I am now in very rural Malawi. Over the next three months I hope to be able to record some of my thoughts and experiences as a volunteer midwife in Malawi. How regularly I manage to do this will be determined by internet access, as well as when and where I am working.

My placement here is as part of the Ripple Africa team https://rippleafrica.org/ I am paying the full cost of my visit myself. I am hugely grateful to all who have already made donations to support our work, there is so much needed here. I will repost the link for donations next week because Ripple Africa have secured match funding for any donations made between 13th and 20th October which means that any donation you make is doubled!

My first impressions are of the most beautiful country, whose people are warm and friendly but where most people are financially extremely poor. In the area where I am staying, the houses are mostly made with handmade bricks, made using the red clay soil. Cooking is over open fires and water has to be collected from a well or hand pump. The majority of people are subsistence farmers, who sell the excess of their crops in the local market.

Currently food is plentiful in this area. The growing season is well underway and I am loving being offered the opportunity to buy freshly harvested fruit and vegetables as well as fish directly from the lake (which is right in front of me as I write). However, talking with local healthcare workers it soon becomes clear that many people are malnourished, sometimes from simply too little food and sometimes from a lack of understanding of how to create a balanced diet. Obviously this is an area of concern in midwifery practice, because of the potential impact on both mother and baby. A great many women are deficient in iron and other micronutrients. https://2017-2020.usaid.gov/sites/default/files/documents/1864/Malawi-Nutrition-Profile-Mar2018-508.pdf

This week I have visited the local clinics and the area hospital, to find them(!) and to say hello. Tomorrow I will start work at the hospital where I understand that around 70-100 babies are born each month. Most care is however provided in the local clinics (equivalent to our stand alone birth centres), but the hospital provides care to those who need more active management. I am interested to find out how much extra is available there, given that each healthcare worker I have spoken to tells me that drugs are in short supply, there is little or no access to lab tests and interventions in challenging birth are rarely possible.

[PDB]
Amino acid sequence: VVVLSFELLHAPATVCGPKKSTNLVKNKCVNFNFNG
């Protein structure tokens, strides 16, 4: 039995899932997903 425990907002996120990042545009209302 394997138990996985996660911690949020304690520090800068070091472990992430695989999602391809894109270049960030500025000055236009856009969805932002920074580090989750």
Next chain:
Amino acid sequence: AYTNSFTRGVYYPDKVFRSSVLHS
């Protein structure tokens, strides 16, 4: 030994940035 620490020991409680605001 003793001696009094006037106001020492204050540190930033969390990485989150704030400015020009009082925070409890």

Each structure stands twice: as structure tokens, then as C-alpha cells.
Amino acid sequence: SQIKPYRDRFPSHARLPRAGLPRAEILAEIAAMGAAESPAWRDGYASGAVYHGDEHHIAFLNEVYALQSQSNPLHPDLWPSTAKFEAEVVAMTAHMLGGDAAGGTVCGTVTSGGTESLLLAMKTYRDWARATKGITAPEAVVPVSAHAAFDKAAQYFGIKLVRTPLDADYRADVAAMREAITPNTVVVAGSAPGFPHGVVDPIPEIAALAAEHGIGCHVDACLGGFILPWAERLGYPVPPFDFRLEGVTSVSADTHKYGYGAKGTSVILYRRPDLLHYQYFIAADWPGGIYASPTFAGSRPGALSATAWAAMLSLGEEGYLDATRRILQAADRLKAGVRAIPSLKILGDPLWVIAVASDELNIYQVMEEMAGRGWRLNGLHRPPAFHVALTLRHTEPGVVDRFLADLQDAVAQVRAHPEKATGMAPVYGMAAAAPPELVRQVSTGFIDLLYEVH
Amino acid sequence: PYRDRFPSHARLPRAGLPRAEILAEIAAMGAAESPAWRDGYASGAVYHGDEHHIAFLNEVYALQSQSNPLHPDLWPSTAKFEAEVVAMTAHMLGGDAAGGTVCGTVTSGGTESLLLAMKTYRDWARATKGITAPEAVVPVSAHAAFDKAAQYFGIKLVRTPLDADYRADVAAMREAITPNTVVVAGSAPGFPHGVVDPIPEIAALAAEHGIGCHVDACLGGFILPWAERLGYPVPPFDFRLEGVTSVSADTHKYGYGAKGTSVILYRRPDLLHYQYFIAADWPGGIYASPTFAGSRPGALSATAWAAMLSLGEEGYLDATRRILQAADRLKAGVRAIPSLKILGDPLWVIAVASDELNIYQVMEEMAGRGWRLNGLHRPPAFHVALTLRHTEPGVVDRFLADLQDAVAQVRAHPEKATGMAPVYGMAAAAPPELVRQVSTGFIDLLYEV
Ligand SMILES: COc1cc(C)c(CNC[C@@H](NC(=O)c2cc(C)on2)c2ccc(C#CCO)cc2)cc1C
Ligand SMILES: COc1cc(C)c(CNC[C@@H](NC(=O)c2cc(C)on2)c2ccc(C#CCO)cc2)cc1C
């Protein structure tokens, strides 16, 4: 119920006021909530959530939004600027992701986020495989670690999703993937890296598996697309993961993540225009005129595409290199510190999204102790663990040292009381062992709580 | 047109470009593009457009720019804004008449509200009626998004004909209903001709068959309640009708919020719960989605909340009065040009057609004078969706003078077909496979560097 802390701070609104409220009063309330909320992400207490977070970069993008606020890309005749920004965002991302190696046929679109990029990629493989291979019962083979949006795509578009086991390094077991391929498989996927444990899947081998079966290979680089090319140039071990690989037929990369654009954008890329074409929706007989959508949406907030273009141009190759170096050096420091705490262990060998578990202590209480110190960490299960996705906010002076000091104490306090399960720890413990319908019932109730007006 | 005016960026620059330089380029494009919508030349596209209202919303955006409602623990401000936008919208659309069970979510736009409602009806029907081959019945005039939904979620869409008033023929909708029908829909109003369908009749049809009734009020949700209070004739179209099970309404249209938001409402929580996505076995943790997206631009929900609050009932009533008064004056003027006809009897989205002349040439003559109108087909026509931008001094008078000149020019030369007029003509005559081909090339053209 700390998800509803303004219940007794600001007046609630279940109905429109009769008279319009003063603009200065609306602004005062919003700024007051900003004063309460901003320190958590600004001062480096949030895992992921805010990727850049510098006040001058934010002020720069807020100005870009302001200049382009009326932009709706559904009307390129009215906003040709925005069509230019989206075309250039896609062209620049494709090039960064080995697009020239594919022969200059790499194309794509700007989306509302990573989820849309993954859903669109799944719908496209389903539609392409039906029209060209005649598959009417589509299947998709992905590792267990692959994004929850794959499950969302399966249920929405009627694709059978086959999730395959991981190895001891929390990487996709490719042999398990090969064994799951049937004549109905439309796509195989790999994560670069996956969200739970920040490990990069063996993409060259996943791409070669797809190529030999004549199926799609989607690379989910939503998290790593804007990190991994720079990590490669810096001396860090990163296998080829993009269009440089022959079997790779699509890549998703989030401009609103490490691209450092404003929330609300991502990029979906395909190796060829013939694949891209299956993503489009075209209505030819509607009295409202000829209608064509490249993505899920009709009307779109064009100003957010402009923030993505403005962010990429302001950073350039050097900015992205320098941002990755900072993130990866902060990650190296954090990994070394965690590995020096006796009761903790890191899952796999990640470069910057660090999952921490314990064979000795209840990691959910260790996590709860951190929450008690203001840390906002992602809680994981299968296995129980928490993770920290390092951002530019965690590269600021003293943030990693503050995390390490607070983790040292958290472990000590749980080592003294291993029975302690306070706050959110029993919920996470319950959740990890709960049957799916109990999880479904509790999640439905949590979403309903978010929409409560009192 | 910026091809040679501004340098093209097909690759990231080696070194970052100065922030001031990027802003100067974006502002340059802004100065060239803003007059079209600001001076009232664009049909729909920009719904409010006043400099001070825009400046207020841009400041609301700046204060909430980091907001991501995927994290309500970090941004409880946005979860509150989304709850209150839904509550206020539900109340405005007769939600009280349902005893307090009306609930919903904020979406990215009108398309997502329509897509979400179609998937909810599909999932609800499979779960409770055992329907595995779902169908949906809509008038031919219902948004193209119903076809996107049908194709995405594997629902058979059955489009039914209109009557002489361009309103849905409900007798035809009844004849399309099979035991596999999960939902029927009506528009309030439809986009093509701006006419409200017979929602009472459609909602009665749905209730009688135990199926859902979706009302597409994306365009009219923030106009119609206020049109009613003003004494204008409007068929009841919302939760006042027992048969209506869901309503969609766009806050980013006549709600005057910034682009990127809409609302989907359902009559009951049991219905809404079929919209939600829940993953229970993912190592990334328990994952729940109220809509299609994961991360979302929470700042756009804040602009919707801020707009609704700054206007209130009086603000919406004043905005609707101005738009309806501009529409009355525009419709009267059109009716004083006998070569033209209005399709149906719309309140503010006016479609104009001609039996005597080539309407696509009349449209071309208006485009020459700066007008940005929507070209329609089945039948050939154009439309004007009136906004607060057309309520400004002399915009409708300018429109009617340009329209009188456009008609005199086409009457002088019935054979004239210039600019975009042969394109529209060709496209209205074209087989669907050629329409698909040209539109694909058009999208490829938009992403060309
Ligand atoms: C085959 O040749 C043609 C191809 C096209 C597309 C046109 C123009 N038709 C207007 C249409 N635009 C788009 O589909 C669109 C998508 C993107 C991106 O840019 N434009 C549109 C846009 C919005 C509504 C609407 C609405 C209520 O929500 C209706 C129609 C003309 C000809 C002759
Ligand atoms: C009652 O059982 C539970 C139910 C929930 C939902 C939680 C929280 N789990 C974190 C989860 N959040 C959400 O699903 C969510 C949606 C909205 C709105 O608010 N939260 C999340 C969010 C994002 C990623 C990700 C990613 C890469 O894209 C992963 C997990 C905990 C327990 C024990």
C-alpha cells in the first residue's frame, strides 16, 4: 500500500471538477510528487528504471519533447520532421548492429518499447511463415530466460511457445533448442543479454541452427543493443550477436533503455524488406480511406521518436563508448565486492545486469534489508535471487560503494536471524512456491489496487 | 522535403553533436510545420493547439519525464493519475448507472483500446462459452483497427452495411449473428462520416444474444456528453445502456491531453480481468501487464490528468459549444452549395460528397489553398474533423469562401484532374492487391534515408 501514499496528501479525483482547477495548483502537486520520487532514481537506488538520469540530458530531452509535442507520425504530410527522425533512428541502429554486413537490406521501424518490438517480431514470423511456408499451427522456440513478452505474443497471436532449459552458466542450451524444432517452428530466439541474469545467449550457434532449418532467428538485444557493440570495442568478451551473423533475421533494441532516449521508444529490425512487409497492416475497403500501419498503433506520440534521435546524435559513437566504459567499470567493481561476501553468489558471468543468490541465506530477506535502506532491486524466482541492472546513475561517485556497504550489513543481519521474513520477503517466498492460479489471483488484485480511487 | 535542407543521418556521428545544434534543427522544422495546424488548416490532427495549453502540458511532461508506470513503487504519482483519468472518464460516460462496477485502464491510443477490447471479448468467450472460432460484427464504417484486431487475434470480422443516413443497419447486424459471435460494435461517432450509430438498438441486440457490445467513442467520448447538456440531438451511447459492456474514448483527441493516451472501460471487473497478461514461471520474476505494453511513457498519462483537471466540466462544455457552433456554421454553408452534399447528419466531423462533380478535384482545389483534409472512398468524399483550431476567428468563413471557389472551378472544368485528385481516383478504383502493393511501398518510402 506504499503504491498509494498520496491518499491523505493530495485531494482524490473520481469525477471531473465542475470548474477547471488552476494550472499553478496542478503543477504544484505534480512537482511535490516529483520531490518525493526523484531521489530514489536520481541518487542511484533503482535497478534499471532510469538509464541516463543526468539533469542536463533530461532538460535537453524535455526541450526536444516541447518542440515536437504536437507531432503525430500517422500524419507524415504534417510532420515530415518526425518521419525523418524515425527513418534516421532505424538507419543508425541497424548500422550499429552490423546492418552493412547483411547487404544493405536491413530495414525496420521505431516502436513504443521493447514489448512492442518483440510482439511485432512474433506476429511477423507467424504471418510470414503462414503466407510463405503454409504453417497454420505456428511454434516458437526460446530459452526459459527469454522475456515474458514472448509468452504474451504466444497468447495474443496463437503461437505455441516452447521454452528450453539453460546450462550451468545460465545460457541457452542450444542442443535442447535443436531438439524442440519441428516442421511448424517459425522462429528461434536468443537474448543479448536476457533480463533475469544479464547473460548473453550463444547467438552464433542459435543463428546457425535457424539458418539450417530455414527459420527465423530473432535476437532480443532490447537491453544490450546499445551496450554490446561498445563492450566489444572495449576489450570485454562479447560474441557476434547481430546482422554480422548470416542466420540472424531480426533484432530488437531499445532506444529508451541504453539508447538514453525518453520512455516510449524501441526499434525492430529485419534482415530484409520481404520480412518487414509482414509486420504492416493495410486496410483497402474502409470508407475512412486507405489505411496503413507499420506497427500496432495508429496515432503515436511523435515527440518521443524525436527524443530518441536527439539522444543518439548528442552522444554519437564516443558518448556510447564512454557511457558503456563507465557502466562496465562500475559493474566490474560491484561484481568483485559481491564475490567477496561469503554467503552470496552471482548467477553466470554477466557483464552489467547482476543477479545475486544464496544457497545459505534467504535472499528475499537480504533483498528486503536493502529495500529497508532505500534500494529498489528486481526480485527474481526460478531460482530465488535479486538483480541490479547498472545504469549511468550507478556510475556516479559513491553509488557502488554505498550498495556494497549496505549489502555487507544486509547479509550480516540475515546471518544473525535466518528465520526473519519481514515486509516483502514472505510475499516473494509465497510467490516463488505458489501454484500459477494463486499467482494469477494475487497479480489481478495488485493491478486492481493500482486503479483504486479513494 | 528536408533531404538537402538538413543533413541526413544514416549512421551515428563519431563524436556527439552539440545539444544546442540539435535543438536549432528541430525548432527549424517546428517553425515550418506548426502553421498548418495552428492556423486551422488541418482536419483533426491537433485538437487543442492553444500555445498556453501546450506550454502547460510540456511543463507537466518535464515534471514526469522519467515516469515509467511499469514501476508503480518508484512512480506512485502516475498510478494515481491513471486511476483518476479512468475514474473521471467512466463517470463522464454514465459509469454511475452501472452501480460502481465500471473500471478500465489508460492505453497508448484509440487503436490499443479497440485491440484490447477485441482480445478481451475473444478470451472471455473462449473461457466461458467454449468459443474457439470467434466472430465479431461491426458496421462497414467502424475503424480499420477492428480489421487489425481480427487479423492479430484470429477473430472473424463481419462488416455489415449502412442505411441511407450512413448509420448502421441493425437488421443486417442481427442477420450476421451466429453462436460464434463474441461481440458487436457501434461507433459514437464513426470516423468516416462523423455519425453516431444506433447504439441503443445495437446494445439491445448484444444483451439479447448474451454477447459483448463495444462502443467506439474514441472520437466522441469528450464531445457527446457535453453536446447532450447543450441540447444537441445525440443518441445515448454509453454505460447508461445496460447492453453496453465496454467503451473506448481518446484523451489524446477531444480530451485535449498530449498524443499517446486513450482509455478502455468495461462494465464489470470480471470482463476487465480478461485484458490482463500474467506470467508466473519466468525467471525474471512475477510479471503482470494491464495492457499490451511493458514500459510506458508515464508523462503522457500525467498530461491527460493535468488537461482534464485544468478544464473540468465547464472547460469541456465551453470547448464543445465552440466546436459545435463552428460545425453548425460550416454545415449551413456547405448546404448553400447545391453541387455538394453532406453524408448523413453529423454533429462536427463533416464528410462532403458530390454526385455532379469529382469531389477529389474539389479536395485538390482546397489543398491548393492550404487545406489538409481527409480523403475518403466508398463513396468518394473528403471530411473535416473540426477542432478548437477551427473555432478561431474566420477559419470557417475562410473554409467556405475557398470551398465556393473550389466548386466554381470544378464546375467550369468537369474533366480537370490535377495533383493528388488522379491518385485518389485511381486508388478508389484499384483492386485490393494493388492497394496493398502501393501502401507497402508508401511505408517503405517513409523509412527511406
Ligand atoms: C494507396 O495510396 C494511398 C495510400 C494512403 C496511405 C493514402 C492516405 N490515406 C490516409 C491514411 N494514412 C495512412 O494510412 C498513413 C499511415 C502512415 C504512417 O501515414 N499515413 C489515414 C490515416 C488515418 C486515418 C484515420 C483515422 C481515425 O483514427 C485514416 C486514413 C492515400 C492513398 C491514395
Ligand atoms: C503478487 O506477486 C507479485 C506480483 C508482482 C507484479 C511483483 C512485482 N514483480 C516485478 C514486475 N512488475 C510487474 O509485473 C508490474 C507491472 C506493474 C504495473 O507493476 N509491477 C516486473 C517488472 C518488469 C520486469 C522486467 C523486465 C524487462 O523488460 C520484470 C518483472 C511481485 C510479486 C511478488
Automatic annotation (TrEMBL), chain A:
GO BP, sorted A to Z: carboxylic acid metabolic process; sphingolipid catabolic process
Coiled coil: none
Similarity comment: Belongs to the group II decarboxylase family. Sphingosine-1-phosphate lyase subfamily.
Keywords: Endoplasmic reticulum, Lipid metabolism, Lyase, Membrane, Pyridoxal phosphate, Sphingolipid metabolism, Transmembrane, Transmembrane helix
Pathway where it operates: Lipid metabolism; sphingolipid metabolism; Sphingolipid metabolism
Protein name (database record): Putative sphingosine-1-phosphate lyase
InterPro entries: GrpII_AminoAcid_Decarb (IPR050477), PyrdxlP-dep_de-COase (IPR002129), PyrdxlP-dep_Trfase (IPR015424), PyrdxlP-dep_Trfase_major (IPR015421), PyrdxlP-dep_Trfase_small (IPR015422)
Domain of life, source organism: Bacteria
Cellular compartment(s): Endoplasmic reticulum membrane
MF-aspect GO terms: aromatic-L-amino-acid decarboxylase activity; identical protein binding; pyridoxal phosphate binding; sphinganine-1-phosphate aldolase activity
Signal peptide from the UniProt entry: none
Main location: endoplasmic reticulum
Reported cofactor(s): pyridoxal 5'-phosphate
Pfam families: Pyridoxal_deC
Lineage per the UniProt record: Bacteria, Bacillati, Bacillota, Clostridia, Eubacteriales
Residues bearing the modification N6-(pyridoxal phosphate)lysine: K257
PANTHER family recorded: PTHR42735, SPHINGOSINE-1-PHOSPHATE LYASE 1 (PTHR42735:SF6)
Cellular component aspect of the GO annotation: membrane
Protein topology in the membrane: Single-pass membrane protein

Most people walk everywhere, including to access antenatal care and when they are in labour. Home birth has been actively discouraged since 2007, the government believing that care in labour and birth by skilled nurse/midwives will go some way to reduce the very high maternal mortality rate. Before that most women stayed at home in their village and were supported by the female members of their family and a traditional birth attendant (TBA). TBAs learned their skills by experience but their practices were often blamed for poor outcomes. The maternal death rate has been estimated to be around 4 in every 100 women, although gathering accurate data is obviously difficult http://2022/improving-t-quality-of-health-care-services-to-advance-maternal . I am interested to learn more about the causes, but suspect that malnutrition and its consequences, post partum haemorrhage (bleeding after birth) and sepsis (overwhelming infection) are likely to be fundamental. To what extent these factors are alleviated by requiring women to walk long distances to clinics to birth is likely to be an interesting debate. A baby whose mother does not attend a clinic for birth is not given a birth certificate and is therefore unable to access healthcare provision or education in their lifetime.

I approach tomorrow with a great deal of excitement, but also with significant anxiety. I have to set aside all my assumptions about what good healthcare looks like and seek to understand what is done here, how and why. I am sure that I will learn a great deal, but some of that learning is undoubtedly going to be uncomfortable and at times deeply upsetting. My initial challenge is simply to reach the hospital in Chintheche. First I have to walk up to the nearest tarmac road , about 3km and it is then about 25km to the market in Chintheche. Taxis run up and down this single road, packing in as many people as is humanly possible. From there I need to find my way and walk to the hospital, so just getting there will be an adventure! Wish me luck!

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